Syria signed the NPT in 1968 and ratified it in 1969. Seeking to expand its nuclear capabilities, Syria has vigorously pursued external assistance since the 1980s, including reactor and technology transfers from states such as Argentina, China, and Russia.[4] These efforts, however, produced few tangible results. It was not until 1991 that the Chinese began to construct Syria’s first research reactor at Dayr Al Hajar (or Der Al-Hadjar). The SRR-1 30KW miniature neutron source reactor went critical in 1996, and although it is not large enough to be of proliferation concern, IAEA inspectors discovered the presence of undeclared anthropogenic uranium particles in 2008 and 2009.[5]

In September 2007, the Israeli Air Force bombed and destroyed a building in northwestern Syria that U.S. and Israeli intelligence officials claim was a plutonium production reactor (the Al-Kibar or Dair Alzour site). The Syrian government has denied these allegations. However, in May 2011 following a more than three-year investigation, during which Syria did not sufficiently cooperate with the IAEA, the Agency concluded “that it is very likely that the building destroyed at the Dair Alzour site was a nuclear reactor which should have been declared to the Agency.” [6] On 9 June 2011, the IAEA Board of Governors passed a resolution that found Syria in noncompliance with its obligations under its Safeguards Agreement, and reported the case to the UN Security Council. [7]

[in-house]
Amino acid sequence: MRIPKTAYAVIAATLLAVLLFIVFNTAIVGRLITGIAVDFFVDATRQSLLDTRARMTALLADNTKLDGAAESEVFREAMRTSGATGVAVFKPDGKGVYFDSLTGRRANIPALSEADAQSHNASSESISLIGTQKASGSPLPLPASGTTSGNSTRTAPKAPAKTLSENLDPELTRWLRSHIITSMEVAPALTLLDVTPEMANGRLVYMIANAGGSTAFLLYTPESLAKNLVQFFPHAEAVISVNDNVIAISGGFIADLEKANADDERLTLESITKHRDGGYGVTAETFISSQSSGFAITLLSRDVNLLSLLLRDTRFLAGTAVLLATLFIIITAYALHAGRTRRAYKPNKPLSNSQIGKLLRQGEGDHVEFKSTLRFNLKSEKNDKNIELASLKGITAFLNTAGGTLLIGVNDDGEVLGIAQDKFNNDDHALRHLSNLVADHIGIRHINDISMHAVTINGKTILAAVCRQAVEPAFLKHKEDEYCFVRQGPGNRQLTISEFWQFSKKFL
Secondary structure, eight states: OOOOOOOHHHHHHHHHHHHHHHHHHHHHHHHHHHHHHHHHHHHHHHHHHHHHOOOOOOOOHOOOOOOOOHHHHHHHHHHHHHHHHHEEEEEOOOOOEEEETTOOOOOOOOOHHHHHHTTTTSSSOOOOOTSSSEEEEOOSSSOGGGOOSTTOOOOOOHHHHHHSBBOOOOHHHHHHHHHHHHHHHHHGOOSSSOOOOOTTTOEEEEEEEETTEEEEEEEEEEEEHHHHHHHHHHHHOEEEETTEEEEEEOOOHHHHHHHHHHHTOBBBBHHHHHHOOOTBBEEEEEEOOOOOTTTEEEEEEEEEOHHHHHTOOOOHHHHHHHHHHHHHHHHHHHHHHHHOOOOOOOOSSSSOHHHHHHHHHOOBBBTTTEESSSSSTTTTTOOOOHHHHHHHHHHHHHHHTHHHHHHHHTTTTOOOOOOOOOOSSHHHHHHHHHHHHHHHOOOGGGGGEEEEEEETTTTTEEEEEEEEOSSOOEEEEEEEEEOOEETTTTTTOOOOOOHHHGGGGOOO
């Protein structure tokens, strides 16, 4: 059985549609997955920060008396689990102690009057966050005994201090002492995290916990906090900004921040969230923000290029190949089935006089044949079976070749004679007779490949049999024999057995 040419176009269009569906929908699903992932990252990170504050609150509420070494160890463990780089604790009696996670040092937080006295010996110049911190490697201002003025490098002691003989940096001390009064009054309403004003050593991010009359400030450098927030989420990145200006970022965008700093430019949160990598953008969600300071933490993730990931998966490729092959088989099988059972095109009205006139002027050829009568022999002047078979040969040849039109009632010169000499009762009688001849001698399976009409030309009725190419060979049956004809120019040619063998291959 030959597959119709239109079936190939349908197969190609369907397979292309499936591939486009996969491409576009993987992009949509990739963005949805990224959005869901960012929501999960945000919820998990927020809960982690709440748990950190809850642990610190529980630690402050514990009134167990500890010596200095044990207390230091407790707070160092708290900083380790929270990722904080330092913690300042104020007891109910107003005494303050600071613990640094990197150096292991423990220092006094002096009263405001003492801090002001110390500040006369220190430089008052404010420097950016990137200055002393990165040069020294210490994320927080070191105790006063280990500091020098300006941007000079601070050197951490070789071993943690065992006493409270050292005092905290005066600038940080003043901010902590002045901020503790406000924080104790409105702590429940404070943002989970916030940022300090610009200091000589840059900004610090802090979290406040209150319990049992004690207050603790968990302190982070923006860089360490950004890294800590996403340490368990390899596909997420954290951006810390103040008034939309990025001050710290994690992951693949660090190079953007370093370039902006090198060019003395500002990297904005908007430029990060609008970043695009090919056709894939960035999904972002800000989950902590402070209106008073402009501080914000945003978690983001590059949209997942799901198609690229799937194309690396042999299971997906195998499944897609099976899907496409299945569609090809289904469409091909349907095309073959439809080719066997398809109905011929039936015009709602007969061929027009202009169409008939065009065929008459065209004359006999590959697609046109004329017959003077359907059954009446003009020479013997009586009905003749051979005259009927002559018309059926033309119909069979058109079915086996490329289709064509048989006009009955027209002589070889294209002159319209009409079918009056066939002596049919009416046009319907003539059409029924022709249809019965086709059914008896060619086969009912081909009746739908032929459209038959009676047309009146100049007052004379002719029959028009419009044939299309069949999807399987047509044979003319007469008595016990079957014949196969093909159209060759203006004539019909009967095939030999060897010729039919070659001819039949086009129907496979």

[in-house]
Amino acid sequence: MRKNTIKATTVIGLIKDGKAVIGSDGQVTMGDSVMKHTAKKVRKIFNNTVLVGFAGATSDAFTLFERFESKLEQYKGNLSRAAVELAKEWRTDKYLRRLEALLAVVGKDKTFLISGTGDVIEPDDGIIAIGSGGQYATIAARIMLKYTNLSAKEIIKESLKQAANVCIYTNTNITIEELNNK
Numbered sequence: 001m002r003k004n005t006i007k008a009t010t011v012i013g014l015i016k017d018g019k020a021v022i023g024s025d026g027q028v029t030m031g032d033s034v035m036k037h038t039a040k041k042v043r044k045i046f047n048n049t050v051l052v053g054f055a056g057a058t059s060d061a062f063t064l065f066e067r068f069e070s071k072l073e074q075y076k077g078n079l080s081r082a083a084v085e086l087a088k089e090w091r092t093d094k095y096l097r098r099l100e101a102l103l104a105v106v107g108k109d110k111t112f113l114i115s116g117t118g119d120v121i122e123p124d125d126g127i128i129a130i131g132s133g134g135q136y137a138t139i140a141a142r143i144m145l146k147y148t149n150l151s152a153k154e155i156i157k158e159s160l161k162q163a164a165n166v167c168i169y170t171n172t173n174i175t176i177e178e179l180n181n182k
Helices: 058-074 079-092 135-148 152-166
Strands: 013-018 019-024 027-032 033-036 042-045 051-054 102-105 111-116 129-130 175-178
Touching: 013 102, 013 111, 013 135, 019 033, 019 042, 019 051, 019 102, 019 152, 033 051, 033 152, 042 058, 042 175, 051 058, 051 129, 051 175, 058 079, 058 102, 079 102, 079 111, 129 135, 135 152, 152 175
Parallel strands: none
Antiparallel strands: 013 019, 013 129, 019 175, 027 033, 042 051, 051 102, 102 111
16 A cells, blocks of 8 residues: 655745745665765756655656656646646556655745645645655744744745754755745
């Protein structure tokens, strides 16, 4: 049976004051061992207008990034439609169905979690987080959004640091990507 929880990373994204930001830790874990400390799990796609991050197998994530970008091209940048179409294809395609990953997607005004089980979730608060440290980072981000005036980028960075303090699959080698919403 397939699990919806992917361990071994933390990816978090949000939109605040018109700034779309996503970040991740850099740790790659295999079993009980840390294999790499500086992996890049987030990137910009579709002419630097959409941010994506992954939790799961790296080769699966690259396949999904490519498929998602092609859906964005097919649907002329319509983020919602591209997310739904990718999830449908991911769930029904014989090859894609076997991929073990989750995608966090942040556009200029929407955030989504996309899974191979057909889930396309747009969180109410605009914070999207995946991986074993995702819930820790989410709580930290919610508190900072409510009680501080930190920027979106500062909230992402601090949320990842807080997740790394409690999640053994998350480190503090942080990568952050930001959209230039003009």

There is very limited open source information regarding Syria’s biological warfare (BW) capabilities. German and Israeli sources have asserted that Syria possesses Bacillus anthracis (which causes anthrax), botulinum toxin, and ricin. American sources have characterized Syria’s anthrax and botulism production capability as “probable.” [8] However, a Swedish Defense Agency report found no evidence of an offensive, or even defensive, biological weapons program. [9] Ultimately, there is no reliable evidence to the effect that Syria has the capability to weaponize biological agents.